Polymerisation was carried out in a steel autoclave of capacity 8 liters fitted with an anchor stirrer/scraper. 400 grammes of dry polypropylene was added while stirring the autoclave at 70° C. The stirrer speed was 120 rpm. The autoclave was evacuated, after half an hour the vacuum was released with propylene, and then the autoclave was re-evacuated. This procedure was repeated a further five times over an hour and a half to leave a slight excess pressure (2 psig) of propylene in the autoclave. The stirrer was stopped and a solution, in 50 ml of n-heptane, of 30 millimoles triethyl aluminium and 11 millimoles of ethyl anisate was injected into the autoclave by means of a syringe. The autoclave contents were stirred for 10 minutes, the stirrer was stopped and a suspension in heptane of the product of Example 1 was added in an amount sufficient to provide 0.31 milligramme atom of titanium. The stirrer was restarted and propylene gas was then admitted to the top of the autoclave from a heated stock vessel containing liquid propylene. A pressure of 400 psi gauge was established over a period of about 30 minutes. The temperature was maintained at 70° C throughout. 80 millimoles of hydrogen was added during the pressurisation stage at a rate of 20 millimoles for each 100 psig rise in propylene pressure. Polymerisation was effected at 400 psig and 70° C, and hydrogen was added throughout the polymerisation such that 10 millimoles of hydrogen was added for every 200 ml of liquid propylene added from the stock vessel. After 4 hours polymerisation, the propylene supply was switched off, and the autoclave vented to atmospheric pressure. The gas cap was purged with nitrogen and the polymer emptied out. The polymer obtained was a free-flowing, greyish powder.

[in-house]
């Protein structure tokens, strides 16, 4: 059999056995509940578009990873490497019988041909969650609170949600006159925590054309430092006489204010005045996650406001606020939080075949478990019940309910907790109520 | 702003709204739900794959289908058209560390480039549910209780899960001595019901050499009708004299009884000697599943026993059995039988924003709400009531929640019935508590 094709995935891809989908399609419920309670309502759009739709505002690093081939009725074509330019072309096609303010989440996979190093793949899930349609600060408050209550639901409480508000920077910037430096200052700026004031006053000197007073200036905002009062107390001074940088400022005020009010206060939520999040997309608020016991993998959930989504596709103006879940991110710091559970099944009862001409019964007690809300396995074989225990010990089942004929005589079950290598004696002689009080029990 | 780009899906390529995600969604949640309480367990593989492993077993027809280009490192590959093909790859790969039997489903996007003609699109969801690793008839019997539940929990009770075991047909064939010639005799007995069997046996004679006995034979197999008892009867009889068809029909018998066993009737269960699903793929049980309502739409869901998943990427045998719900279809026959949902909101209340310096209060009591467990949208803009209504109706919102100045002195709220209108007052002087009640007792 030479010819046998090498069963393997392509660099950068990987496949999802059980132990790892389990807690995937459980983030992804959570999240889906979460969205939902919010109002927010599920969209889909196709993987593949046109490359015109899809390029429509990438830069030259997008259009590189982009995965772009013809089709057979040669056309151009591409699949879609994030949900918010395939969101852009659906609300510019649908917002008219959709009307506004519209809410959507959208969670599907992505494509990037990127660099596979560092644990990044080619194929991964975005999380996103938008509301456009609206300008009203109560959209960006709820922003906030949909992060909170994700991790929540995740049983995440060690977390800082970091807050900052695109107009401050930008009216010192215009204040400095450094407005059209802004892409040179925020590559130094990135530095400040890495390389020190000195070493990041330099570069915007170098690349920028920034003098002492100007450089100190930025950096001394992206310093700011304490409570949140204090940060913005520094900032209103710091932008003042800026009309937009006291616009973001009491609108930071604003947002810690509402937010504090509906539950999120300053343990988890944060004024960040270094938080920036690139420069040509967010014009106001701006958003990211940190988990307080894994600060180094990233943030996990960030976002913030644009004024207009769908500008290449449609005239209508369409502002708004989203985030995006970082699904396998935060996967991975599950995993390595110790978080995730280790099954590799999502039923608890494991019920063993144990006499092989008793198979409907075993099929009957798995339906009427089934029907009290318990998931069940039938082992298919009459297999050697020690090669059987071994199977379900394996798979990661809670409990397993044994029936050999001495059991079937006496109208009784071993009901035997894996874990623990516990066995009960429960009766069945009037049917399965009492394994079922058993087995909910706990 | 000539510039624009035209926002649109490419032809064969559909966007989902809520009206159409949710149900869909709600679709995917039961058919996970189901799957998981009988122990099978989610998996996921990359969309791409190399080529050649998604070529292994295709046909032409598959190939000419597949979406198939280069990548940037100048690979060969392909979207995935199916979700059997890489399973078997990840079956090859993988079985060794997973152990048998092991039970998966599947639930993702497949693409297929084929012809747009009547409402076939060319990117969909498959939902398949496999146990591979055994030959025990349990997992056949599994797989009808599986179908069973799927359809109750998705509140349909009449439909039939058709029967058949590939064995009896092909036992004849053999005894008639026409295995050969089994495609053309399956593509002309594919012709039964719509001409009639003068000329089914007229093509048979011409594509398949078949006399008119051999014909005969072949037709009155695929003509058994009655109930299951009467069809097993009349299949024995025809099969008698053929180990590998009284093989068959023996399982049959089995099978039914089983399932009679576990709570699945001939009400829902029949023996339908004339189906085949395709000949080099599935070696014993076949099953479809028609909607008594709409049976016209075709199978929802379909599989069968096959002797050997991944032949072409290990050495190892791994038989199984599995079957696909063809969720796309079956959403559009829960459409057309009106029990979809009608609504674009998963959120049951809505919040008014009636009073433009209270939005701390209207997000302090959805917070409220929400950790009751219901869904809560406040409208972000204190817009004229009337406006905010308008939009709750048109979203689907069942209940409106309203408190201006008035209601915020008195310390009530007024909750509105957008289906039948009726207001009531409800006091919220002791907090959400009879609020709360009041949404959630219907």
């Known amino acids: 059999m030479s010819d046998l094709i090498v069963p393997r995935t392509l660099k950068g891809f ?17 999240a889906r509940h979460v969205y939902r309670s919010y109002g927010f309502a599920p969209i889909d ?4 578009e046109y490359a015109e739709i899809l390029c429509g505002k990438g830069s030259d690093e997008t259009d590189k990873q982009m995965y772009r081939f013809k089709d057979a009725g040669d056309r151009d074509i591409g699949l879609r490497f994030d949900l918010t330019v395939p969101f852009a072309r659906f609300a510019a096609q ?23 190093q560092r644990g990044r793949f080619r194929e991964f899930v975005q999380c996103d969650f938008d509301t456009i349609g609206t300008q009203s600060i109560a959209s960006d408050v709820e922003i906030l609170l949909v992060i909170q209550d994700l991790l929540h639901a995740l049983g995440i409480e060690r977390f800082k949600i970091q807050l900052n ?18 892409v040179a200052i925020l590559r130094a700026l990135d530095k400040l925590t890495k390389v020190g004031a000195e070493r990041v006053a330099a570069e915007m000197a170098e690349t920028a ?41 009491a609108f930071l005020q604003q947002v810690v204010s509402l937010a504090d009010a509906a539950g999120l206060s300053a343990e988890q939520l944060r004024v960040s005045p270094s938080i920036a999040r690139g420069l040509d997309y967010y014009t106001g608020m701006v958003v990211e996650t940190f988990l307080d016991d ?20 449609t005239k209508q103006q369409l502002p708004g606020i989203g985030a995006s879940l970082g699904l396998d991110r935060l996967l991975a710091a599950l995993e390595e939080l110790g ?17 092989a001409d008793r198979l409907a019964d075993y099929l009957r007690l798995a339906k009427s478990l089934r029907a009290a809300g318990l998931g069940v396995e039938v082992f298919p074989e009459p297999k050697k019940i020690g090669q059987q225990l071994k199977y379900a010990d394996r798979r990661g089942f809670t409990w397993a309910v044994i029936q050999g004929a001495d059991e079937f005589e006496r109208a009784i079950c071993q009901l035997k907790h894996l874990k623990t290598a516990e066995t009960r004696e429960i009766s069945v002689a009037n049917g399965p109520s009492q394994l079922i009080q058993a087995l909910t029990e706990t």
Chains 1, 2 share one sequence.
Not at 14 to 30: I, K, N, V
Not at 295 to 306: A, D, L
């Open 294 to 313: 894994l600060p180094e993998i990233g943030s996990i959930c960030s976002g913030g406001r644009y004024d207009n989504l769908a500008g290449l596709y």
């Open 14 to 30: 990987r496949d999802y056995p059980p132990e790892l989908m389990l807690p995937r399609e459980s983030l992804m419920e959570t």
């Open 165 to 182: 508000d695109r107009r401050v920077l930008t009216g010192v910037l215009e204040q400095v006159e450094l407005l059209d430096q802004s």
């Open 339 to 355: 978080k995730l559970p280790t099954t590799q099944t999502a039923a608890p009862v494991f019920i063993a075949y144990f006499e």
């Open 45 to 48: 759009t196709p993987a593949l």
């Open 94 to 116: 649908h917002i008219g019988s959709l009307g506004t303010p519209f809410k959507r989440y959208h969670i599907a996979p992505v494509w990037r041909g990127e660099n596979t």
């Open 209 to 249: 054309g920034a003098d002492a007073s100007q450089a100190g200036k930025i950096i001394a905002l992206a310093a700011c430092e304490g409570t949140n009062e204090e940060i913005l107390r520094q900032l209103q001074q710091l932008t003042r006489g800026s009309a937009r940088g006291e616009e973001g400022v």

The initial charge of 400 g of polypropylene had the following characteristics:
______________________________________Titanium content 43 ppm by weightMelt flow index (measured byASTM Test Method D 1238-70,Condition N, that is at 190° Cand 10 Kgm) 21Flexural Modulus 1.38 GN/m.sup.2______________________________________
A total of 1245 g of polymer was obtained, that is 845 g of polymer were formed during the polymerisation period. The titanium content of the total polymer (initial charge plus polymer formed) was 26 ppm by weight.
100 ml of the solution of titanium(O)ditoluene obtained as described in Preparation B, after separation from the unreacted titanium, were added slowly to 20 g of a stirred dry sample of magnesium chloride which had been milled in a vibration mill as described in Example 2. When the addition was complete, the mixture was stirred for 2 hours and then allowed to settle. The colour of the supernatant was pale pink. The mixture was filtered and the solid was resuspended in 100 ml of n-heptane.
The suspension of the solid in n-heptane was stirred at ambient temperature, 10 ml of titanium tetrachloride were added and the mixture was stirred for one hour. The mixture was filtered and the solid was washed, by filtration, 6 times with 100 ml of n-heptane each time, to remove the excess of titanium tetrachloride. The solid was finally suspended in 100 ml of n-heptane.
The contacting procedure of Example 21 was repeated using 45 g of milled magnesium chloride and 150 ml of the titanium(O)ditoluene solution. After being resuspended in 300 ml of n-heptane, the mixture was separated into three 100 ml portions.